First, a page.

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loop holes for the first home buyer?

Discussion in 'Real Estate' started by lukeypapa, 14th Jul, 2009.

  1. lukeypapa

    lukeypapa New Member

    Joined:
    14th Jul, 2009
    Posts:
    4
    Location:
    melbourne,vic
    hey all,
    i have been looking to purchase a PPOR in order to get the FHOG, although after the 6 months i wish to convert the property into an IP.
    i vaguely read somewhere that in certain circumstances the 6 month requirement can be reduced, and therefore converted into an investment property sooner. is this true?
    also i have found some good buys interstate but this would mean that i would not qualify for the FHOG because i would not be able to move into the PPOR?
    furthermore i have been receiving centrelink youth allowance payments (i am a student). does purchasing a first home sacrifice my payments or increase them?
    is there any way around my dilemma?

    any help will be much appreciated.
     
  2. Chris C

    Chris C Well-Known Member

    Joined:
    2nd Apr, 2008
    Posts:
    1,327
    Location:
    Brisbane, QLD
    I think you will find our bigger issue will be getting finance, have you looked into if a bank will even lend you any money? and if so how much? Also do you have at least a 5% deposit, because banks are becoming more rigid about individuals having a deposit even if they are eligbible for the FHOG.

    Also it's my understanding that if you don't live in the property for 12 months you will be foregoing your stamp duty exemption (though I'm not sure of its specifics down in Victoria - or if it's even offered). That said I haven't heard of any "loop holes" in regards to reducing the required time to quality for the FHOG.

    I don't mean to stomp on your dream, but it sounds like you have low/no income, so another important question you need to ask is, is this a good time given the world economic turmoil to be taking on a large amount of debt relative to your income. Can I ask why you are considering this option now?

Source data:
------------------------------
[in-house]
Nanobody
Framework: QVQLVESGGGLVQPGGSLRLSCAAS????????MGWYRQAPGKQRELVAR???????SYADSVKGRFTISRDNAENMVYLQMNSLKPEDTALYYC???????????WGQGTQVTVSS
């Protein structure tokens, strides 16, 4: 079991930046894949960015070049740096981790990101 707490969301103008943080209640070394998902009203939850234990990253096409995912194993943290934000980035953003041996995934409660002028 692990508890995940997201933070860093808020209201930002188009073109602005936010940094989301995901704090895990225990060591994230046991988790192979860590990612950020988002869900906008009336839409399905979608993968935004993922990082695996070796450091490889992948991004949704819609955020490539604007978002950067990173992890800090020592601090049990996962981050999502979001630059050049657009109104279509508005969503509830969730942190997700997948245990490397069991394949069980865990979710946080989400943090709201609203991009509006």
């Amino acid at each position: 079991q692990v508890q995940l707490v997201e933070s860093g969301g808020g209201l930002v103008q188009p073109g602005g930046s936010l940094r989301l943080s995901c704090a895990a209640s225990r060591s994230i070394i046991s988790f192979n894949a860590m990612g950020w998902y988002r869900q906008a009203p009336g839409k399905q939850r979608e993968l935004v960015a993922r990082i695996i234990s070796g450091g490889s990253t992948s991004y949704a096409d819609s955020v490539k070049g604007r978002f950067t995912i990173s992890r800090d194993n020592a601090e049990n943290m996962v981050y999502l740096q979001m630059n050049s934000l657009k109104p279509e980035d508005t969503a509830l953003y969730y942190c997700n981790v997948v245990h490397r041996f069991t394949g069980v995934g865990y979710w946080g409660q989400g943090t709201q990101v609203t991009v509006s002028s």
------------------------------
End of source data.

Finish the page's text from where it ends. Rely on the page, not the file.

Lots of people intechange the word "debt" with biased words like "leverage" and that it's the way to financial freedom, but at the end of the day taking on excessive amounts of debt only makes you indebted, which means you are legal obligation to the bank. So you'd want to make damn sure that if things go south that you have the ability to fulfill those obligations.
     
  3. greygoose

    greygoose Member

    Joined:
    9th Jul, 2009
    Posts:
    13
    Location:
    WA
    yeh i agree with chris. youth allowance is $371.40 a fortnight. you could get a cashy job paying you another $200 odd a fortnight which would take your total yearly income to $15,000. according to the ANZ calculator your borrowing power is $4,262.12 lol.

    if its something else like your going as tenants in common with your parents or something, then yes, it is going to affect your youth allowance.
     
  4. lukeypapa

    lukeypapa New Member

    Joined:
    14th Jul, 2009
    Posts:
    4
    Location:
    melbourne,vic